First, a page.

(1) Legal and investigative support are currently provided and paid for by the ministry. The ministry also covers Board members' remuneration (per diem, meal and travel).
The Program provides:
Protection for Producers:
If the Board decides that a claim from a producer made in respect of a dealer is valid, the Board pays 95 percent of the portion of the claim that it recognizes as valid.
Protection for Licensed Dealers:
Where an approved claim relates to a licensed dealer selling to a producer or feeder cattle finance co-operative who defaults on payment, compensation is 85 per cent of the portion of the claim that the Board recognizes as valid, up to a maximum of $125,000. In these cases, there is no compensation for claims of less than $5,000. Where an approved claim relates to a licensed dealer selling to another licensed dealer, the Board pays 95 percent of the portion of the claim that it recognizes as valid.
Section 4(1) of O. Reg. 560/93 requires that the Board be composed of at least five members consisting of one member each from Beef Farmers of Ontario (BFO), Canadian Meat Council (CMC) and the operators of community sales under the Livestock Community Sales Act, together with such other members as the Minister considers advisable.
The regulation also requires the Minister to appoint a Chair and a Vice Chair from among its members. The Board operates at arm's length from the Government but is accountable to the Government in exercising its mandate. The members of the Board are appointed by the Minister. These individuals, in addition to administering the Fund, draw upon their expertise in the livestock industry in hearing and adjudicating cases before them. The Board may also call upon technical experts and professionals to provide assistance.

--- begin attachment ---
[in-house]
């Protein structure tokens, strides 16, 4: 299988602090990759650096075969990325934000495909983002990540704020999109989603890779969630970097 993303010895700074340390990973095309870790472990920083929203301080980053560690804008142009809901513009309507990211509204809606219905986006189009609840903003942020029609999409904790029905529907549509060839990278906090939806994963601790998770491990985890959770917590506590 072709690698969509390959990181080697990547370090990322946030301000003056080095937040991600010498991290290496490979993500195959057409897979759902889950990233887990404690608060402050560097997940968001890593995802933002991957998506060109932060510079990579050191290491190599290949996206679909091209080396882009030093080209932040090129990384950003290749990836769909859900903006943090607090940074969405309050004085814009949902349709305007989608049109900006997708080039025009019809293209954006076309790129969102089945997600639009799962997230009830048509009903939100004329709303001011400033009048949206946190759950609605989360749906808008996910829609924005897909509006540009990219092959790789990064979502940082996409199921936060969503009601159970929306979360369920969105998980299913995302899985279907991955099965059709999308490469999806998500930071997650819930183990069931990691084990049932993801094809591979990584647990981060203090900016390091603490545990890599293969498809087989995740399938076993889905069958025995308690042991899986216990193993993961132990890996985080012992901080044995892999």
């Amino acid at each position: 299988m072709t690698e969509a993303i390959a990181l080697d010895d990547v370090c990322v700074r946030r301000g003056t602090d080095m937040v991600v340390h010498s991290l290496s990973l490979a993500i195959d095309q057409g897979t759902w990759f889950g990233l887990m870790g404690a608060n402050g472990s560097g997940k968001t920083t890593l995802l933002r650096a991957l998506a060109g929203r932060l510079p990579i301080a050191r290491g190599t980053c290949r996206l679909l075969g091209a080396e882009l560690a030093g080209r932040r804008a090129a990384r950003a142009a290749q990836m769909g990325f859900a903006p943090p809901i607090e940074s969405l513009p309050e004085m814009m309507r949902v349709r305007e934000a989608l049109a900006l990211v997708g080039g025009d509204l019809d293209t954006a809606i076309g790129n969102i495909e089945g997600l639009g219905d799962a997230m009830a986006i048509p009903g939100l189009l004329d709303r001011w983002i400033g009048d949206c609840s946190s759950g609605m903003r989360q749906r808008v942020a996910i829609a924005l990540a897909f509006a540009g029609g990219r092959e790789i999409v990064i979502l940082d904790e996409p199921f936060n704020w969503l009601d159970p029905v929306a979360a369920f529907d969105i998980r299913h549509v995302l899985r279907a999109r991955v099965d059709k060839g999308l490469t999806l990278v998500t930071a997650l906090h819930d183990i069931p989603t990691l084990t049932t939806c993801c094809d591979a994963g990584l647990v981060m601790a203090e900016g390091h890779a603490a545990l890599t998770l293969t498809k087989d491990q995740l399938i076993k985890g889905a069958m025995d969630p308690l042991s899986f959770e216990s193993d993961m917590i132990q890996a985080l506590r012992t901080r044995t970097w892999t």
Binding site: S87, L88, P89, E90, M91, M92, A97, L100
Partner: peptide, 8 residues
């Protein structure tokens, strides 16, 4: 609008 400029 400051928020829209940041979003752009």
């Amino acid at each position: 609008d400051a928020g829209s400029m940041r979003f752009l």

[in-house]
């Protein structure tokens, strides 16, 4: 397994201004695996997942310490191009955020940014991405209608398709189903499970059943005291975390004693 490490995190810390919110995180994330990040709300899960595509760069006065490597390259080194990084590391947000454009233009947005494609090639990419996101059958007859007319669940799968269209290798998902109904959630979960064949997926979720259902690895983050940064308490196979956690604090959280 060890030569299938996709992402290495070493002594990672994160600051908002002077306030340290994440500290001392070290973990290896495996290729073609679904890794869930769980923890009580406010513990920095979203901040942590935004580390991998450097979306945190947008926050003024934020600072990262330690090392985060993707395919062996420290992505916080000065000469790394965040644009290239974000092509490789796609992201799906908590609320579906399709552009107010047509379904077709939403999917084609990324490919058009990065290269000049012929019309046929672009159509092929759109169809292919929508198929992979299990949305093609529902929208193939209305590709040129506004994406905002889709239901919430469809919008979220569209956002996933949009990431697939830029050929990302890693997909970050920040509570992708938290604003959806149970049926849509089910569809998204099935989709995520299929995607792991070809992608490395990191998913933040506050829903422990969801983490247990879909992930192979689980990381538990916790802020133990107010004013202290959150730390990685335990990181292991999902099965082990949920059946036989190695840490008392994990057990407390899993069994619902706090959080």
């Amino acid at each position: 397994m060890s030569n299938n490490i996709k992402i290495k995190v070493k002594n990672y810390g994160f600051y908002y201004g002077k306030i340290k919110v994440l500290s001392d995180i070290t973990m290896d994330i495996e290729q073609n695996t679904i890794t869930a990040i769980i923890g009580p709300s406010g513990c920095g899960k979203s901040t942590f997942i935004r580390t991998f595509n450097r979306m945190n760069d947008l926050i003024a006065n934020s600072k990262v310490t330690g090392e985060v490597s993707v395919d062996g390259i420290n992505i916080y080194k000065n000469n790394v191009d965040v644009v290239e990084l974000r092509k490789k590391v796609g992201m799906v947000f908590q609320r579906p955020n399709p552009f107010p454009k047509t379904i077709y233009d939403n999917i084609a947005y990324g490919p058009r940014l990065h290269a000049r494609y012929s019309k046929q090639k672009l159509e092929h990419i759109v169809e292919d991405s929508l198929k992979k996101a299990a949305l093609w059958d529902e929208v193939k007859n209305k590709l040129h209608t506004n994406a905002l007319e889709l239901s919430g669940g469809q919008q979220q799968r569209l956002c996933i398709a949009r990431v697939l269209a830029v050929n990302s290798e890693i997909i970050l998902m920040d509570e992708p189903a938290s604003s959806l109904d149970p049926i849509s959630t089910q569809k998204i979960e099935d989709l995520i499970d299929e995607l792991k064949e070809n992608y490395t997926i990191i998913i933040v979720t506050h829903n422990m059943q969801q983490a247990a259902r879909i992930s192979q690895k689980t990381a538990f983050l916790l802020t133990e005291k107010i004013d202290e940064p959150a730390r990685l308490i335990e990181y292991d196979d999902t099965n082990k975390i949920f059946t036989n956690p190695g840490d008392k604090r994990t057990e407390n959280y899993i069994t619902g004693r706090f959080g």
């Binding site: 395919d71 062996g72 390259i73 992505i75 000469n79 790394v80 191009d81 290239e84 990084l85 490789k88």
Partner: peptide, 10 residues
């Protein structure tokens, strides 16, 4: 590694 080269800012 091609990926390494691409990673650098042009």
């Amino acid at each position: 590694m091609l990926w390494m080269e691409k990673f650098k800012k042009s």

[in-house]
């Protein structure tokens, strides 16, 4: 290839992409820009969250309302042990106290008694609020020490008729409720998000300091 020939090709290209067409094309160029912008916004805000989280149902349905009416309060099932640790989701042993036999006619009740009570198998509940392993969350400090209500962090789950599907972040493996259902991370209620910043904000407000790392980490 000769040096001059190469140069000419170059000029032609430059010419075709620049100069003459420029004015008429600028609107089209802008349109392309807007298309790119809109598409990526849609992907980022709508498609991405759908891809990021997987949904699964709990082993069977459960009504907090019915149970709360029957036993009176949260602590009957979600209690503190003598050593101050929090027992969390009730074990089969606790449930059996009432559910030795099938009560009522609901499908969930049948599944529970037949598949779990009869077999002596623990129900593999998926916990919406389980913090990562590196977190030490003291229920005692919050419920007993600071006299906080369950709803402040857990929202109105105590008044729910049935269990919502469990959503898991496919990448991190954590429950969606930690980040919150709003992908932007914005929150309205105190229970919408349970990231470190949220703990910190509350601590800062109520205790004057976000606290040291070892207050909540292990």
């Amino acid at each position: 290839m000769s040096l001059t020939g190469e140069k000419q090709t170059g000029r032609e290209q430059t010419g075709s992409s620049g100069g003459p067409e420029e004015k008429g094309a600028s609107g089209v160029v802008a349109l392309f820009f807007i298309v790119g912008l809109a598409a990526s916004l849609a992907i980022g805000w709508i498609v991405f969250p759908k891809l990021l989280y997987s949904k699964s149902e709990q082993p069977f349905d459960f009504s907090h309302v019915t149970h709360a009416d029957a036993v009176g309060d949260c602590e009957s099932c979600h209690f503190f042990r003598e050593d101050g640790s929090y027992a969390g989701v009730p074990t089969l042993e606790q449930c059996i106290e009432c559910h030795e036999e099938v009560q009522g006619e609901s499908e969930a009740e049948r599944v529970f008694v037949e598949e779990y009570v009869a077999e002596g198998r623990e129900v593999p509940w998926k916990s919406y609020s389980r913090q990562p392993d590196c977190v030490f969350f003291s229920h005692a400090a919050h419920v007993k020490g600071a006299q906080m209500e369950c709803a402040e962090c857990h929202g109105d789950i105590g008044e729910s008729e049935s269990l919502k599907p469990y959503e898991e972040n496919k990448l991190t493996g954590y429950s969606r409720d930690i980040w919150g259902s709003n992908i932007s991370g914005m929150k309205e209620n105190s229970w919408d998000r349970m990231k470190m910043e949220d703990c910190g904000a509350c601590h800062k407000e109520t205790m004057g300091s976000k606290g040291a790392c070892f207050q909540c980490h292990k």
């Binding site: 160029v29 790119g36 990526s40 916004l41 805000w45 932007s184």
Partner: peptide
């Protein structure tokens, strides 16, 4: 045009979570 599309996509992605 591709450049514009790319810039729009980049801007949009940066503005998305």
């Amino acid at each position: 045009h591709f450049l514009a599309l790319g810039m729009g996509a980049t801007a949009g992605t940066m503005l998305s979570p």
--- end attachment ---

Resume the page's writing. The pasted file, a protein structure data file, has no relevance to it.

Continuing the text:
As at March 31, 2014, there were six Board members which included a Chair and Vice Chair. The CMC position has been vacant since 2008, and while the Board has been in contact with the CMC with regard to having a member appointed, to date the CMC has not submitted any candidates.
The table below shows the names of appointees for fiscal 2013/14 and the term of their appointments.
Five members of the Board constitute a quorum for transacting the Board's business. The Board is made up of industry representatives from a wide range of livestock industry sectors. This broad industry knowledge is important in understanding the clientele and the claim files.
Board Staff and Key Activities
In the 2012/13 fiscal year the Ministry undertook a competitive procurement process to secure a delivery agent to provide the:
Beef Cattle Financial Protection Program Inc. (BCFPPI) was ultimately the successful proponent. The tripartite contract entered into between the Ministry, the Board and BCFPPI is for a three year term. BCFPPI is a not-for profit corporation governed by a Board of Directors. The Board of BCFPPI has representatives from the Beef Farmers of Ontario, Ontario Livestock Dealers Association, and Ontario Livestock Auction Markets Association.
BCFPPI acts as the Board's administrator and is responsible for assisting the Board in preparing its annual report, business plan and other documentation required for compliance with the Memorandum of Understanding (MOU) and the Agency Establishment and Accountability Directive.
The Board has delegated day to day management of the Fund to BCFPPI. This includes receiving and depositing check-off fees; preparing monthly, quarterly and annual financial statements, preparing documentation for annual audits and investment of the Fund. The Fund is invested according to guidelines set out in the MOU.
The Board continues its arrangement for the provision of secretariat and adjudication support. The continuity that this arrangement provided to the Board in 2013/14 continues to improve the response time in dealing with claims. This support included but was not limited to:
The Ministry of the Attorney General provides legal services to the Board. The lawyer assigned to the Board provides the Board with advice, opinions, and other legal assistance in judicial reviews, claim adjudication and recovering monies owed to the Board, and also contributes to the continuing education of Board members.
The Ministry of Agriculture, Food and Rural Affairs Regulatory Compliance Unit provided investigative support. There were 2 claims involving 2 dealers in the 2013/14 fiscal.